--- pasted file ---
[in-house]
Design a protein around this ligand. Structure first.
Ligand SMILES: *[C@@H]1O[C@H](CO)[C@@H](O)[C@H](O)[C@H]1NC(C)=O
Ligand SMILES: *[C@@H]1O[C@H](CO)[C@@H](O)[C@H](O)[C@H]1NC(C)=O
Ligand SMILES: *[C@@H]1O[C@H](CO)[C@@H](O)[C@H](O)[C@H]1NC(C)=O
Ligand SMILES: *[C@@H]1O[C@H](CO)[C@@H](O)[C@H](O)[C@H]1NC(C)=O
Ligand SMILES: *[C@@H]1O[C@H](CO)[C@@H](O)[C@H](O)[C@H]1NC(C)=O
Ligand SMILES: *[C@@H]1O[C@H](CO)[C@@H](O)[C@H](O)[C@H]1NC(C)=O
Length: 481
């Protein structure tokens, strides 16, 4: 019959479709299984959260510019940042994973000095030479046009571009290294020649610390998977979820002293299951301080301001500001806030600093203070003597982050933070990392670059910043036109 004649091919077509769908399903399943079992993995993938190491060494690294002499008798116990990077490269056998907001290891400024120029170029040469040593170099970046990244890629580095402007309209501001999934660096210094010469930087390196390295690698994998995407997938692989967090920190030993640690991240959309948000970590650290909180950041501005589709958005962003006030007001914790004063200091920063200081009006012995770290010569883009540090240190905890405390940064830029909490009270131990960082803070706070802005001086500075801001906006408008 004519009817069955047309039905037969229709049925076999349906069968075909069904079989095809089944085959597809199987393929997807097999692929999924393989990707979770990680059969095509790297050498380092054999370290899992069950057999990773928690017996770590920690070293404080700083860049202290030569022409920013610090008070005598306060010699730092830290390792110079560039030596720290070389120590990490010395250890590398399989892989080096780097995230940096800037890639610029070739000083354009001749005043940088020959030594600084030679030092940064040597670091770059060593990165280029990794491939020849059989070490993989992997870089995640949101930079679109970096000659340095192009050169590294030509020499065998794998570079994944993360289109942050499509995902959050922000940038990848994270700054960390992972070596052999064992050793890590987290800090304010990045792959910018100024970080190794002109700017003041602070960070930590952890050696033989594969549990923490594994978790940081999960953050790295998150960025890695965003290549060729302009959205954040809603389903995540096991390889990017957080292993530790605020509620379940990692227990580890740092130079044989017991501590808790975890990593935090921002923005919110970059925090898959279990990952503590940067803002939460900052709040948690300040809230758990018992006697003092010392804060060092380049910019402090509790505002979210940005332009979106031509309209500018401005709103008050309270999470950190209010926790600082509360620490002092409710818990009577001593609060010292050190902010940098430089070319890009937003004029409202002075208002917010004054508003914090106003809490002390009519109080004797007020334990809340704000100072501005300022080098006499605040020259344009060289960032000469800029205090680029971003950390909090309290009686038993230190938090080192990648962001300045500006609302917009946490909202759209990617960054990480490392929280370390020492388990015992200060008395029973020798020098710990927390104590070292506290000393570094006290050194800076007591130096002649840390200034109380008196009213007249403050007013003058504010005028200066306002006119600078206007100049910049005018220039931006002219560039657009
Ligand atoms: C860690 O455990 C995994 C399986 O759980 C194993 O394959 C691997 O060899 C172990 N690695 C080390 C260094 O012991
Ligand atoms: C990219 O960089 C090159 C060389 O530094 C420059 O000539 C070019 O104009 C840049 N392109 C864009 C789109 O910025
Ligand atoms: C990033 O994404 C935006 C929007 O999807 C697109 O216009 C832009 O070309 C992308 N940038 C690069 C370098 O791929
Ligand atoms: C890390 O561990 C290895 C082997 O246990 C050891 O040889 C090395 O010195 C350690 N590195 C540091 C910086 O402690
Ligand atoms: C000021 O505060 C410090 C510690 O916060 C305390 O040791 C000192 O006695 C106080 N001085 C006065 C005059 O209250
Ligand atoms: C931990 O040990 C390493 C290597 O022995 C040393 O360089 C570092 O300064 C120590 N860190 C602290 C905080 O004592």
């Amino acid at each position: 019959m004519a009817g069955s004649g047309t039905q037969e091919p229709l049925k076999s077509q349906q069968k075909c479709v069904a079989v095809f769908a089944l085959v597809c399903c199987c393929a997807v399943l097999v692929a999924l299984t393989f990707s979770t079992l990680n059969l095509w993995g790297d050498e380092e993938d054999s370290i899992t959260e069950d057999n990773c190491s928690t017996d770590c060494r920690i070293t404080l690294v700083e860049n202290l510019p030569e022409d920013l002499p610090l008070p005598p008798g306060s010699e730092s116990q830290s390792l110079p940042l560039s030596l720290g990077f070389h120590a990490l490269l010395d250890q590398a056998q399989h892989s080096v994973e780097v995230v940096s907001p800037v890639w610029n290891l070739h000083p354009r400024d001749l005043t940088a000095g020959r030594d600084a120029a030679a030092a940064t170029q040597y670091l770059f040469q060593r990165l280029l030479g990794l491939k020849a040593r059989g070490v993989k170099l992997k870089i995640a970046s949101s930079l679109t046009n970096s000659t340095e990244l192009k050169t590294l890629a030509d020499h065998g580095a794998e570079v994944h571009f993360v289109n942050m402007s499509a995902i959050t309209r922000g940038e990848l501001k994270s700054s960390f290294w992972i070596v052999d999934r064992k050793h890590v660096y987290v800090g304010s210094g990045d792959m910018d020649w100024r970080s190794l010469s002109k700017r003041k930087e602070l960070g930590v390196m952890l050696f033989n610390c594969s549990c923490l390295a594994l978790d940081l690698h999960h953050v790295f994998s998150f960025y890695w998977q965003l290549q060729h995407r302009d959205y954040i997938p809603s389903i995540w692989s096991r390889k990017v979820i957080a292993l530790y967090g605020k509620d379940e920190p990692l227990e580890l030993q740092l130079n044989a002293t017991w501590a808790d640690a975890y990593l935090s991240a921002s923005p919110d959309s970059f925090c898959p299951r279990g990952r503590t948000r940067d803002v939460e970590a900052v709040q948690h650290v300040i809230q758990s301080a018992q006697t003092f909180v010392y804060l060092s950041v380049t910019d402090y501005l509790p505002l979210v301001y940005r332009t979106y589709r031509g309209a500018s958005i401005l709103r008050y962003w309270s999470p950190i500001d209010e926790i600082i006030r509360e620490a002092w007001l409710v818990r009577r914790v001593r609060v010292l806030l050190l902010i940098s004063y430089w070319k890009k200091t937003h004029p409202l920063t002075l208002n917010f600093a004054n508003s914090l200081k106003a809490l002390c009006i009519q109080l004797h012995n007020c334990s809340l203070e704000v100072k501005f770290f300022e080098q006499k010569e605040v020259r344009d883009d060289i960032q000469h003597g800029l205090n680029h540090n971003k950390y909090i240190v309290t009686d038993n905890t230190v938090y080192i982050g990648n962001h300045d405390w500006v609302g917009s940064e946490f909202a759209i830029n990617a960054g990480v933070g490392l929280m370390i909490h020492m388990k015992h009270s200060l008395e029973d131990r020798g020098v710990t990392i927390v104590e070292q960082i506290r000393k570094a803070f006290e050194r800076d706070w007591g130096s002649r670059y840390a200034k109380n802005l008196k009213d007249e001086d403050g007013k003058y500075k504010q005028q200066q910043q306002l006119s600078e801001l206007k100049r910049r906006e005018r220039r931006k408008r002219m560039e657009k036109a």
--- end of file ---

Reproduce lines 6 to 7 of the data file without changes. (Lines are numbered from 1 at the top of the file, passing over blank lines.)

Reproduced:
Ligand SMILES: *[C@@H]1O[C@H](CO)[C@@H](O)[C@H](O)[C@H]1NC(C)=O
Ligand SMILES: *[C@@H]1O[C@H](CO)[C@@H](O)[C@H](O)[C@H]1NC(C)=O